Nora is intent on catching a lizard. Her current hunting strategy is to see the lizard, yell at the lizard, then chase the lizard at a half crouch with her hands open. I am guessing that she intends to frighten it into a state of paralysis.
I am not sure what she plans to do with her lizard once she catches it. Walk it on a leash once it comes out of its coma? I don’t suppose it matters much as I have a feeling this hunt will be going on a while. But in the meantime, I am enjoying the fascination.
As a side note, she has just assigned family status to the group of four lizards next to us on the pool patio. I am proud to report that the mother lizard has been named Anna.
My exposure to the local animal kingdom has been limited so far – well, fairly limited. Gabon promises an incredible variety of sights, not the least of which is the wildlife. This includes monkeys, gorillas, birds, elephants, hippos, deer and much more. But of course, I’ll have to wait until we make a bit farther out of the city to see most of these for myself.
So for now, I must content myself with what the city offers. Specifically: lizards, a hundred kinds of songbird (including pretty little yellow-winged birds that make clusters of nests in the trees), an alleged rat in the Chinese restaurant bathroom, an array of stray dogs, mosquitoes, flies, the winged monkeys from Wizard of Oz (the locals refer to them as “fruit bats”), snakes and …cockroaches.
I am not an overly squeamish person. I don’t catch spiders for fun, but I believe “live and let live” is a fair approach. Except for cockroaches. Cockroaches exist as the oldest and most tangible form of punishment for original sin. Their complete annihilation should be the topic of a UN Council. They are the living incarnation of evil. The snakes in Eden.
Of course I should not be surprised. Where tropical climates, palm trees and/or New York City apartment building are, cockroaches will follow. It is Murphy’s Law enacted. However, until recently, I had only suspected their existence in my little paradise. Last night it was confirmed. While at dinner on an outdoor patio, one of Chris’s colleagues gave a bit of yell and slapped at his arm, claiming that a cockroach had just been on him…at the dinner table….near my FOOD.
I didn’t actually see it myself, but it’s like the LochNess Monster or Newt Gingrich, you don’t need to see them for yourself to live in fear. The thought alone was enough to make me spend the remainder of the meal with my knees tucked under my chin, trying to negotiate a fork while swatting madly at the air.
And of course, once the subject was broached, everyone had a story. One guy had four of the Insects-Who-Must-Not-Be-Named in his room the night he checked in. Things just just go downhill from here. As per the natural progression of things, these types of stories must lead to poisonous snake stories.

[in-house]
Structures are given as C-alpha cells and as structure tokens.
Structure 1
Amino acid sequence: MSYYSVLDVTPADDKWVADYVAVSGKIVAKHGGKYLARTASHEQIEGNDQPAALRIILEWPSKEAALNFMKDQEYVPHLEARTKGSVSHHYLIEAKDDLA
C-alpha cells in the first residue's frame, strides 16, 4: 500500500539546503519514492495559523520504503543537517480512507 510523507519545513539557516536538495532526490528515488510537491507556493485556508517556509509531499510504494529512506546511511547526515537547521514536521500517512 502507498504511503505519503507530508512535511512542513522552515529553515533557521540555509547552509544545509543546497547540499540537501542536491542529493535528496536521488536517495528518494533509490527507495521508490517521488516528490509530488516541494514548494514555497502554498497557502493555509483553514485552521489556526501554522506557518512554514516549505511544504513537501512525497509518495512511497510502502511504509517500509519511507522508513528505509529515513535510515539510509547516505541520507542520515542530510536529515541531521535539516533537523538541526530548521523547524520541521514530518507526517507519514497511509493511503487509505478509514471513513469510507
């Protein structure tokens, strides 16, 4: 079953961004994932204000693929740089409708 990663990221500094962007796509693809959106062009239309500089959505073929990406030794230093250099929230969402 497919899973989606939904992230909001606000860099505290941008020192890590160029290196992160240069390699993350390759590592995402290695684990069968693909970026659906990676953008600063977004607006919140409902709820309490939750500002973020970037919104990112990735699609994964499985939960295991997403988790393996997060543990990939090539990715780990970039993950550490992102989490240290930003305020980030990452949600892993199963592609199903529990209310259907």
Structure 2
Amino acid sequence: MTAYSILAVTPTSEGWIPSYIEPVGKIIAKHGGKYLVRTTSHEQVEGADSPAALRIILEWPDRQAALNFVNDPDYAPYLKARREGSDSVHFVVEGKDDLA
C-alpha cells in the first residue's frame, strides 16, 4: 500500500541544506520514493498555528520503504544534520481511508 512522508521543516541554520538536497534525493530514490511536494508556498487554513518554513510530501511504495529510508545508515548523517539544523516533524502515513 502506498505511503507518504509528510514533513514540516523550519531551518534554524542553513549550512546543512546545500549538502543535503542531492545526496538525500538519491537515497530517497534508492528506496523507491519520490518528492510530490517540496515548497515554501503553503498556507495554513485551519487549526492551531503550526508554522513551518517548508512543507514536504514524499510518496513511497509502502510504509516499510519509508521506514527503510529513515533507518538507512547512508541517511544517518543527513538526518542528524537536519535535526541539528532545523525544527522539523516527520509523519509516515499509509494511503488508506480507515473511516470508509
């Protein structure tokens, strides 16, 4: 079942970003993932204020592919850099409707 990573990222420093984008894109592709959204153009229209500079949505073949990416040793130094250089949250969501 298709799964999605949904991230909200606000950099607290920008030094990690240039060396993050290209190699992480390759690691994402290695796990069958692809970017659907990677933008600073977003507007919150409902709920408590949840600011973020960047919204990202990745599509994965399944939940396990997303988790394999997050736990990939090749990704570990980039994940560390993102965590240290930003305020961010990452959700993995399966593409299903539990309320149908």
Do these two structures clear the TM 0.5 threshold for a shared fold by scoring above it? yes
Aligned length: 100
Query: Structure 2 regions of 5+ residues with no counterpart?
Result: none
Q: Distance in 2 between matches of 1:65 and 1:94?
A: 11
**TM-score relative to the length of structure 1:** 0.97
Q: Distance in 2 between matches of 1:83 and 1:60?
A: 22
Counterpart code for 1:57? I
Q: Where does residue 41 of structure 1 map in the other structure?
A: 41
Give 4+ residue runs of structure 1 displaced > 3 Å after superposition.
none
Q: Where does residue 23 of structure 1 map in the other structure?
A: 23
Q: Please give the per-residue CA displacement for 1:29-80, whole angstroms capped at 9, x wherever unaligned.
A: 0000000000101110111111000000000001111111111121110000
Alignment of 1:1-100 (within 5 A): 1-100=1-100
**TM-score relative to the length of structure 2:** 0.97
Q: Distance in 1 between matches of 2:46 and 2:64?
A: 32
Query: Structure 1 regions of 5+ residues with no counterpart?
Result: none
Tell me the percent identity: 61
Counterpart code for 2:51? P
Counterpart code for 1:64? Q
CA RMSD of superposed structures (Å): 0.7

About a month before Christmas, a green mamba was spotted in the trees around the villa that Bechtel uses as one of its offices. (I know, right?! I said the same thing, “Holy *$(%&*…these things live in the trees?!”) Well, apparently, it was disheartened at the thought of spending the holidays alone, so it came inside. INSIDE. THE. HOUSE. Some of the drivers had to be called in to kill it with shovels. I assume they used shovels only because a hand grenade was not readily available.
Again, this should come as no surprise. When we first began talking about the move here, I naturally googled “Gabon.” The first 17 million entries were about the Gabon Viper, which is apparently one of the most deadly snakes in the world. Of course it is. I am guessing they also lurk about in trees. I am also guessing that this is why you see men selling umbrella hats (actual umbrellas with an attachment to fit on your head) up and down the Bord de Mer.
Once I had a closer-than-comfortable encounter with a cockroach, that is, close contact with someone who has had ACTUAL contact with one, it was only a matter of time before I stated seeing them everywhere. Sure enough, I went into the bathroom by one of the outdoor verandas this morning and there, on the floor, bathed in halo of light was a giant cockroach. Fortunately, it was dead. (Or just playing dead until I turned my back and he could attack?)
This one might have been harmless. But there are more out there. Lurking in the dark. Hiding in the trees, laughing it up with the green mambas and Gabon vipers. And like with every Madonna song I’ve ever heard, now that it’s in my head, it will never leave. I’ll start sleeping with the lights on and seeing fangs on the palm fronds.
I know this is a part of my life and I should get used to it eventually. But in the meantime, if you need me, I’ll be the girl in full-body mosquito netting with an umbrella hat and shovel.